When I was a judge in Allahabad High Court ( 1991-2004 ) one evening when I was sitting at home I received a phone call ( it was probably in the 1990s ) from a person called Julian Gardner, who wanted to meet me. He had been my classmate in my old school, the Boys High School, Allahabad ( where I had studied from 1951-61 ) so I asked him to come over immediately so that we could exchange old memories.
Julian came, and recounted his remarkable story.
Julian is an Anglo-Indian, i.e. a person of mixed British and Indian blood.
The Boys High School, where we had studied, had been established in around 1860 to cater to Anglo Indian children, and even in 1951 when I joined it it still had a lot of Anglo Indian students ( though many had migrated with their parents for UK or Australia after Independence in 1947 ).
As I said earlier, Julian was one of them, and we were classmates for many years. Later in life we went our different ways, and did not hear from each other for several decades. I had become a lawyer and then a Judge in Allahabad High Court, while Julian had joined the Indian Railways ( as he told me ), from which he later resigned and became a farmer in his home town in Kasganj, UP.
On meeting me Julian told me his story, and said he needed my help.
Julian’s ancestor was a British aristocrat Lord Gardner, who had come to India some time in the late 18th or early 19th century as a British army officer, and had created a British cavalry regiment known as the Gardners Horse ( which still exists in the Indian army, and is now known as The Second Lancers ). For the services he rendered, Lord Gardner was granted a huge estate in Kasganj, UP, where many of his descendants lived for long ( even today there is a Gardners House in Kasganj ).
Lord Gardner was a hereditary peer. There are two types of peers in England, hereditary peers and life peers. The former are those who belong to the original aristocratic families in England, and their eldest sons inherit the title ( Duke, Marquess, Earl or Baron ) as well as the family castles etc. On the other hand, the latter are not originally aristocrats, but are conferred the title by the King ( or Queen ) for some service they rendered or for some achievement, but their children do not inherit the title.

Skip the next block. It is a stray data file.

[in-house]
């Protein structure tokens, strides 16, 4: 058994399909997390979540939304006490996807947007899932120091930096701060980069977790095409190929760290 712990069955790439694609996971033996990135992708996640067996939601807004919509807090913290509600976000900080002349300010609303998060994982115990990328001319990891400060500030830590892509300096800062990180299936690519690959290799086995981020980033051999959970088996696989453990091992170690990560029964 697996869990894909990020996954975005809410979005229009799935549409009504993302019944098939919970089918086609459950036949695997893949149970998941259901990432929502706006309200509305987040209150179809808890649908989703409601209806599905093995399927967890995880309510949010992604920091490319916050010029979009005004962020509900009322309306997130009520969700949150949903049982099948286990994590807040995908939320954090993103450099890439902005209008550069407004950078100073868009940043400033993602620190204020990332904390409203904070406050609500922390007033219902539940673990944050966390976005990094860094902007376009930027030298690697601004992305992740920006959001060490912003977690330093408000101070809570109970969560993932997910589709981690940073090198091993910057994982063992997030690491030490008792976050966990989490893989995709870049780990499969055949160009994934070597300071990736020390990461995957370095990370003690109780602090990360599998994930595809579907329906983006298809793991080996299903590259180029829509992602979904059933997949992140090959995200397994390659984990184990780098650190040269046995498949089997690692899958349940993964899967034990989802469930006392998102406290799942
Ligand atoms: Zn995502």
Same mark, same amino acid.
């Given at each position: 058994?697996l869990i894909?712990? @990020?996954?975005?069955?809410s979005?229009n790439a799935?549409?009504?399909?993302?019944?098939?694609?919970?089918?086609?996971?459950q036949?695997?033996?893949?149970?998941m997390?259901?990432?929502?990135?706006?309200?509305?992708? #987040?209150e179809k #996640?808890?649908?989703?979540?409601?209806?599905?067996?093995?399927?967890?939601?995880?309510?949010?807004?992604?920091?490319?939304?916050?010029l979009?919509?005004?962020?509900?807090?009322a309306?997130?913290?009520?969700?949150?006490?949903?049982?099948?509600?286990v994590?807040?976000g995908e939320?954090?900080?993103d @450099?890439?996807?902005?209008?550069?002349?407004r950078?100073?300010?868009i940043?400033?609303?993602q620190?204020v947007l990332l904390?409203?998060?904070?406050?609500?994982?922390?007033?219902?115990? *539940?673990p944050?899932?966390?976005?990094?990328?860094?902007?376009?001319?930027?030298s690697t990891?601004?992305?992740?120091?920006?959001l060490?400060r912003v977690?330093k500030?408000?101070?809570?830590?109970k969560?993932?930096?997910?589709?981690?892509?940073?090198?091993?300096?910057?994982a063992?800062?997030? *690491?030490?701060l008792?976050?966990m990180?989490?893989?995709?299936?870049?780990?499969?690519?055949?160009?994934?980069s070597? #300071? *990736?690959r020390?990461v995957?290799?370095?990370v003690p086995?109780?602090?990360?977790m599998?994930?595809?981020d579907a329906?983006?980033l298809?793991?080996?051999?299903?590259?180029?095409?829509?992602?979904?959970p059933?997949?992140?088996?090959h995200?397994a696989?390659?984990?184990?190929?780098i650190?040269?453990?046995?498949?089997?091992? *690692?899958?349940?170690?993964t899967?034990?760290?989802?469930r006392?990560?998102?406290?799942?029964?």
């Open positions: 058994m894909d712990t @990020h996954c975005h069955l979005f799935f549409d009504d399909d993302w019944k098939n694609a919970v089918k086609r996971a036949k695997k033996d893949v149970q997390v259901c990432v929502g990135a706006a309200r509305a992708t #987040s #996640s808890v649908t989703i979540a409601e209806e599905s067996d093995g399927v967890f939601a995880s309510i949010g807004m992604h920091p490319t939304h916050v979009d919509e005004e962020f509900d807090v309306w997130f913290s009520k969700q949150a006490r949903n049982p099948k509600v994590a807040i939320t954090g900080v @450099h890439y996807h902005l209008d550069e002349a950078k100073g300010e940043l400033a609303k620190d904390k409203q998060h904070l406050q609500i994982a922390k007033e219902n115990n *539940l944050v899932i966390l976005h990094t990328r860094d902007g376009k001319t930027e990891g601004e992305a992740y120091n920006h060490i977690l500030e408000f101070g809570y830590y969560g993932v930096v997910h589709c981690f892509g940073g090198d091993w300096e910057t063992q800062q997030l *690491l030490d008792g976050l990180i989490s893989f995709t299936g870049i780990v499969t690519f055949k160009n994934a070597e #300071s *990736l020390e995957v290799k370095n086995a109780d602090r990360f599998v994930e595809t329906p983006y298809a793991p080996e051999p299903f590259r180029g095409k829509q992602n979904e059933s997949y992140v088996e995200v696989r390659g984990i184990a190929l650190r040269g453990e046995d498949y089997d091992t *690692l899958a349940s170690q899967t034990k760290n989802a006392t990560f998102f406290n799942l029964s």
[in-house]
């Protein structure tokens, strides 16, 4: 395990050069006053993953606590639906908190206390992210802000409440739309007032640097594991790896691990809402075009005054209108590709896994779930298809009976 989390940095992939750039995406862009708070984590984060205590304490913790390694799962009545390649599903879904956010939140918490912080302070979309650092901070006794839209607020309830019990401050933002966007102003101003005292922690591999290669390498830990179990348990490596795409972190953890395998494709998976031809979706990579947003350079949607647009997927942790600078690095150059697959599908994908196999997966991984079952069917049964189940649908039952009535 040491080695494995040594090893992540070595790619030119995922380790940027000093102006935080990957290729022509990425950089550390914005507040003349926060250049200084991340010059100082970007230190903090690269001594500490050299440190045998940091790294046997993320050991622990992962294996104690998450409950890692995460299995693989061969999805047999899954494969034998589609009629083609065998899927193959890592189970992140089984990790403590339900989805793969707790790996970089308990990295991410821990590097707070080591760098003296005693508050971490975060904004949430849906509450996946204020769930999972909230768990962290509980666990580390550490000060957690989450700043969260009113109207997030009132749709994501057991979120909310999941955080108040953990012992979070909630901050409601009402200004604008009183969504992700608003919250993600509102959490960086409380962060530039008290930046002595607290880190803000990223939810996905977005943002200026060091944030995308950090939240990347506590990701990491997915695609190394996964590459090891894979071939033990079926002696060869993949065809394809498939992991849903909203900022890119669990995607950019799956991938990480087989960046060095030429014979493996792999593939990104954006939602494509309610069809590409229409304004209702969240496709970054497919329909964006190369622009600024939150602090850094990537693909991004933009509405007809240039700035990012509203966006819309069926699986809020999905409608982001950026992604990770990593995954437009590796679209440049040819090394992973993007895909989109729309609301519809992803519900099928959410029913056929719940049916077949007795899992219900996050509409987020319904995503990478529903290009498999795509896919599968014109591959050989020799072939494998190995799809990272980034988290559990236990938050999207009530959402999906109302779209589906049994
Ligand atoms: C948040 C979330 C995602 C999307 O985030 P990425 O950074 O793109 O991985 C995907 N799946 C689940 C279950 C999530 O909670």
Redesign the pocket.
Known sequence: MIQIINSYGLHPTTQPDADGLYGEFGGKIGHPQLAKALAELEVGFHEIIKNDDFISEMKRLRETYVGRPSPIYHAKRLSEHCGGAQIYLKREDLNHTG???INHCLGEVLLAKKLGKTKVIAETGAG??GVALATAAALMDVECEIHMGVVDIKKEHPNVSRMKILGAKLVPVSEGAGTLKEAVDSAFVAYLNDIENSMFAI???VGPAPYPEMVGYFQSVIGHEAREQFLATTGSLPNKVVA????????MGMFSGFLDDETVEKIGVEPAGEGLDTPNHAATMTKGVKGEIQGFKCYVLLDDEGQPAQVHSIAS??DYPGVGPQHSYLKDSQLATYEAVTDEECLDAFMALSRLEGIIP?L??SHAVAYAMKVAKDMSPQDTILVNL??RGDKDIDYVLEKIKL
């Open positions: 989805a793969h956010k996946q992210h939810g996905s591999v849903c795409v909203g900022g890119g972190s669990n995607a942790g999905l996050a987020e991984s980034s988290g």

The British Government had engaged a famous historian, who did extensive research, and came to the conclusion that Julian was the direct eldest descendant of Lord Gardner in the male line of descent, and hence was entitled to inherit Lord Gardner’s title, his castle in England, etc. However, the British Government wanted more proof, and it was in this connection that Julian came to meet me. He requested me to telephone the District Magistrate of Kasganj district ( later renamed Kanshiram Nagar ) and ask him to give Julian the necessary certificates and other papers.
I was happy to oblige an old friend, and promptly did as requested.
I thought my friend will soon become a British Lord and sit in the House of Lords ( the upper House of the British Parliament ), and I could boast that I was a friend of a British Lord and enjoy his hospitality in his castle in England when I go there.
However, all these thoughts came to naught. A few months later Julian informed me that the British Labour Government of Tony Blair had decided not to confer such titles to people who had remained without the title for long, and so poor Julian remains today without becoming a Lord.
His son-in-law, David Luke ( husband of Julian’s daughter Penny ) is presently the Principal of my old school, the Boys High School, Allahabad, and I hope to meet Julian again there sometime whenever I visit Allahabad next.